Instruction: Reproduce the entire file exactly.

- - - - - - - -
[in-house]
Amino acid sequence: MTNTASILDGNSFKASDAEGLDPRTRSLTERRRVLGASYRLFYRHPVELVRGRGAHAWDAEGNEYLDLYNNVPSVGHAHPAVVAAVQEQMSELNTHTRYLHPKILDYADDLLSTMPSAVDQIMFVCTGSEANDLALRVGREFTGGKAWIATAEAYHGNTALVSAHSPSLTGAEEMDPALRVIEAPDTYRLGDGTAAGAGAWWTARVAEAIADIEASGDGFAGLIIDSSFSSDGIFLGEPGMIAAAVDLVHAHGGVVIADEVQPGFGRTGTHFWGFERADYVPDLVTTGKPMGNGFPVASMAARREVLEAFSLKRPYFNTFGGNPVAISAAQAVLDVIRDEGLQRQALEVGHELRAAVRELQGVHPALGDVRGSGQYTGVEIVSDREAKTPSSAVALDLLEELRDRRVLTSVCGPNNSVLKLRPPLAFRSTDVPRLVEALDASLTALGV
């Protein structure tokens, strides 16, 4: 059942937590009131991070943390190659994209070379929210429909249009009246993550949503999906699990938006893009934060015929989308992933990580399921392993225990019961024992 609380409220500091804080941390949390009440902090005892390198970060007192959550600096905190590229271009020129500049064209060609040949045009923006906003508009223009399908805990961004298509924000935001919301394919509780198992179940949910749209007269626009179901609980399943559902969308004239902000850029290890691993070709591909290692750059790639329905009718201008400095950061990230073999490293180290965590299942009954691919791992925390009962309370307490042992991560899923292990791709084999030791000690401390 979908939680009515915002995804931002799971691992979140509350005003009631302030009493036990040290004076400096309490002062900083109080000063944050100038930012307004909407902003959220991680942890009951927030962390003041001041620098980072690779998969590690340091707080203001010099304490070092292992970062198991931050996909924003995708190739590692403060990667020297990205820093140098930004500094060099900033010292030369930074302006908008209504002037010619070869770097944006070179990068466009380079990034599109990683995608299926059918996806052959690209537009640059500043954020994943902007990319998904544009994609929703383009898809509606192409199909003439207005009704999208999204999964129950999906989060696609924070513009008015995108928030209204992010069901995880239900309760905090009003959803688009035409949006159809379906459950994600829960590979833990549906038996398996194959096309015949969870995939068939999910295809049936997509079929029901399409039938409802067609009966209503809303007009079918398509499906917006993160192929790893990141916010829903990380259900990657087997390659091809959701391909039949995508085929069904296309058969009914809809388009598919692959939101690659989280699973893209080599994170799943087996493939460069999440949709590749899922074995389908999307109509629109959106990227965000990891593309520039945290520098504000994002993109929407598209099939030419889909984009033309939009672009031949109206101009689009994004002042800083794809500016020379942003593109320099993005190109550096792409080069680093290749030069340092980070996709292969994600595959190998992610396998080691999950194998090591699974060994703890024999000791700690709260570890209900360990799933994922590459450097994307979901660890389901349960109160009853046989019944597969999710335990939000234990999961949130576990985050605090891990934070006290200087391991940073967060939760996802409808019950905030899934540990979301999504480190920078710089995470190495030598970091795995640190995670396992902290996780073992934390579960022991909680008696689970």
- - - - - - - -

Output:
[in-house]
Amino acid sequence: MTNTASILDGNSFKASDAEGLDPRTRSLTERRRVLGASYRLFYRHPVELVRGRGAHAWDAEGNEYLDLYNNVPSVGHAHPAVVAAVQEQMSELNTHTRYLHPKILDYADDLLSTMPSAVDQIMFVCTGSEANDLALRVGREFTGGKAWIATAEAYHGNTALVSAHSPSLTGAEEMDPALRVIEAPDTYRLGDGTAAGAGAWWTARVAEAIADIEASGDGFAGLIIDSSFSSDGIFLGEPGMIAAAVDLVHAHGGVVIADEVQPGFGRTGTHFWGFERADYVPDLVTTGKPMGNGFPVASMAARREVLEAFSLKRPYFNTFGGNPVAISAAQAVLDVIRDEGLQRQALEVGHELRAAVRELQGVHPALGDVRGSGQYTGVEIVSDREAKTPSSAVALDLLEELRDRRVLTSVCGPNNSVLKLRPPLAFRSTDVPRLVEALDASLTALGV
């Protein structure tokens, strides 16, 4: 059942937590009131991070943390190659994209070379929210429909249009009246993550949503999906699990938006893009934060015929989308992933990580399921392993225990019961024992 609380409220500091804080941390949390009440902090005892390198970060007192959550600096905190590229271009020129500049064209060609040949045009923006906003508009223009399908805990961004298509924000935001919301394919509780198992179940949910749209007269626009179901609980399943559902969308004239902000850029290890691993070709591909290692750059790639329905009718201008400095950061990230073999490293180290965590299942009954691919791992925390009962309370307490042992991560899923292990791709084999030791000690401390 979908939680009515915002995804931002799971691992979140509350005003009631302030009493036990040290004076400096309490002062900083109080000063944050100038930012307004909407902003959220991680942890009951927030962390003041001041620098980072690779998969590690340091707080203001010099304490070092292992970062198991931050996909924003995708190739590692403060990667020297990205820093140098930004500094060099900033010292030369930074302006908008209504002037010619070869770097944006070179990068466009380079990034599109990683995608299926059918996806052959690209537009640059500043954020994943902007990319998904544009994609929703383009898809509606192409199909003439207005009704999208999204999964129950999906989060696609924070513009008015995108928030209204992010069901995880239900309760905090009003959803688009035409949006159809379906459950994600829960590979833990549906038996398996194959096309015949969870995939068939999910295809049936997509079929029901399409039938409802067609009966209503809303007009079918398509499906917006993160192929790893990141916010829903990380259900990657087997390659091809959701391909039949995508085929069904296309058969009914809809388009598919692959939101690659989280699973893209080599994170799943087996493939460069999440949709590749899922074995389908999307109509629109959106990227965000990891593309520039945290520098504000994002993109929407598209099939030419889909984009033309939009672009031949109206101009689009994004002042800083794809500016020379942003593109320099993005190109550096792409080069680093290749030069340092980070996709292969994600595959190998992610396998080691999950194998090591699974060994703890024999000791700690709260570890209900360990799933994922590459450097994307979901660890389901349960109160009853046989019944597969999710335990939000234990999961949130576990985050605090891990934070006290200087391991940073967060939760996802409808019950905030899934540990979301999504480190920078710089995470190495030598970091795995640190995670396992902290996780073992934390579960022991909680008696689970």